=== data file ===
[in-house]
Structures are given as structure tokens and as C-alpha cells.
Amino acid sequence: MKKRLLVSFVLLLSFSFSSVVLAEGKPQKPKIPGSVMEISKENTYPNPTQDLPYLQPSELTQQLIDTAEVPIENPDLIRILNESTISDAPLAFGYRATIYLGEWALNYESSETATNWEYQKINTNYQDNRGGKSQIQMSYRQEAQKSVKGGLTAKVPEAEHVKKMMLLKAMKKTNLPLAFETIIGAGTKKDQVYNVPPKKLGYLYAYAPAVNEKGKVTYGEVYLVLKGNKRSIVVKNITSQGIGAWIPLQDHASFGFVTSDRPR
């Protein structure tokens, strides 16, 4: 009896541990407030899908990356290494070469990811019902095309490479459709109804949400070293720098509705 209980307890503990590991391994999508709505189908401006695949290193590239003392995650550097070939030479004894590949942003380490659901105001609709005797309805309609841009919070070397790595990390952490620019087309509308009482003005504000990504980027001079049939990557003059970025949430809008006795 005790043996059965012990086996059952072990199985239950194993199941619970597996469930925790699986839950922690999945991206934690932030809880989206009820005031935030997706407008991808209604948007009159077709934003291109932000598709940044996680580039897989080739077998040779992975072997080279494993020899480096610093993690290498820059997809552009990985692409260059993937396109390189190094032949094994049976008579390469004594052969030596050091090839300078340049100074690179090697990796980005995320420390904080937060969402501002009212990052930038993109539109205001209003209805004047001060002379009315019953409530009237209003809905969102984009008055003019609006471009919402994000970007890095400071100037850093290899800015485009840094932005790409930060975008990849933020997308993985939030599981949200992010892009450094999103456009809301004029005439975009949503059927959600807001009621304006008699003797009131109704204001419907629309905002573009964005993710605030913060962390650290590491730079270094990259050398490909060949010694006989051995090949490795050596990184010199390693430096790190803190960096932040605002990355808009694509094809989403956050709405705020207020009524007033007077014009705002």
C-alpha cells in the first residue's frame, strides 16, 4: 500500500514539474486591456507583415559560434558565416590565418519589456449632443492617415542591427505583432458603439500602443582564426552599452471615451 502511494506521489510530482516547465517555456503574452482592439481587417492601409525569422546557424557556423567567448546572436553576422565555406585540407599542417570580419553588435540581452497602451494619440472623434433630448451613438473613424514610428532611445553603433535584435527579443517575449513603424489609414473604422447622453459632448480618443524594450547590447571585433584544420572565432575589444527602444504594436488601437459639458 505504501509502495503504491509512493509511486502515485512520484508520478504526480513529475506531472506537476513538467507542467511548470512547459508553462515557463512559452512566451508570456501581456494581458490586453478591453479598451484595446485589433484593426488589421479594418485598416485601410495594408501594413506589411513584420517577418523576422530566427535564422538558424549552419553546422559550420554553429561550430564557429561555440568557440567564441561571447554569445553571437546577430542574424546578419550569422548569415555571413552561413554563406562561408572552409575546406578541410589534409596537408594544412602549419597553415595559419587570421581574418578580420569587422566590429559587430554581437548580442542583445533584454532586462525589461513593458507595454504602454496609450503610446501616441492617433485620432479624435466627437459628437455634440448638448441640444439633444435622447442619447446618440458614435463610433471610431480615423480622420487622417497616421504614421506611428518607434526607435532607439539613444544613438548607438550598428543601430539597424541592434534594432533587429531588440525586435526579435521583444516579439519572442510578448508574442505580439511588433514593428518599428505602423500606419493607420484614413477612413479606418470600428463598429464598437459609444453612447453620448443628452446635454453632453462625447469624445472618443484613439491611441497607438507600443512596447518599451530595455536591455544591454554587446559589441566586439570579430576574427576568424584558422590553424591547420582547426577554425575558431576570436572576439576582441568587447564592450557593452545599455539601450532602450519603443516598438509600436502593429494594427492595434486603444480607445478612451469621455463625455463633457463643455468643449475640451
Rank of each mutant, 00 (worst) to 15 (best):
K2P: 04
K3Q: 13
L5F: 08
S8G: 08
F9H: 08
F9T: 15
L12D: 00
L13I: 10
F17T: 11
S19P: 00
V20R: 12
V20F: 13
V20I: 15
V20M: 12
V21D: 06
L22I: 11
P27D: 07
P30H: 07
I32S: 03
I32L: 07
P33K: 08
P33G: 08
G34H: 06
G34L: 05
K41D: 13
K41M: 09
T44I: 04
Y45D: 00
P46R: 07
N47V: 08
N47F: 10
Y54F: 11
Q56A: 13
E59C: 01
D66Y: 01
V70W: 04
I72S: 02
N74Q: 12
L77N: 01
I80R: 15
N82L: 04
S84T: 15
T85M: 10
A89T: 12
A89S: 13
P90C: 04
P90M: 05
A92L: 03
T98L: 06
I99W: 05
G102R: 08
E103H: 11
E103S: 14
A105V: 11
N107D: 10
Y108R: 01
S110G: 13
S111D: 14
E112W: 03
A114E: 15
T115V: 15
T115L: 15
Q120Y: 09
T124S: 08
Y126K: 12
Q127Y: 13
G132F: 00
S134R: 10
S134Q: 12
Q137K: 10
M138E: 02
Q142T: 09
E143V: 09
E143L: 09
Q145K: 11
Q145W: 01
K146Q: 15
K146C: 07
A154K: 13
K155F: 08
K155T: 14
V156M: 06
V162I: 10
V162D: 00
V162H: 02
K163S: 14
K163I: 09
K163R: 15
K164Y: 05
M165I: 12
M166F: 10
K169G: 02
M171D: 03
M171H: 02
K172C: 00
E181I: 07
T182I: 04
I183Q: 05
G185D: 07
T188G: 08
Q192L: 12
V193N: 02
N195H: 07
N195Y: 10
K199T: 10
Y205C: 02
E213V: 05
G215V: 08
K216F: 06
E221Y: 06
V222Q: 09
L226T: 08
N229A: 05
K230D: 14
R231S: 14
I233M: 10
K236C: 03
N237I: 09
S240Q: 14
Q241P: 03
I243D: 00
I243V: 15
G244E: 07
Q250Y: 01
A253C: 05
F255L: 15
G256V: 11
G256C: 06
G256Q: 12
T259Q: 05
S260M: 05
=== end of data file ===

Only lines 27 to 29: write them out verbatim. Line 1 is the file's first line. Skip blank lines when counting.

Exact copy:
P33K: 08
P33G: 08
G34H: 06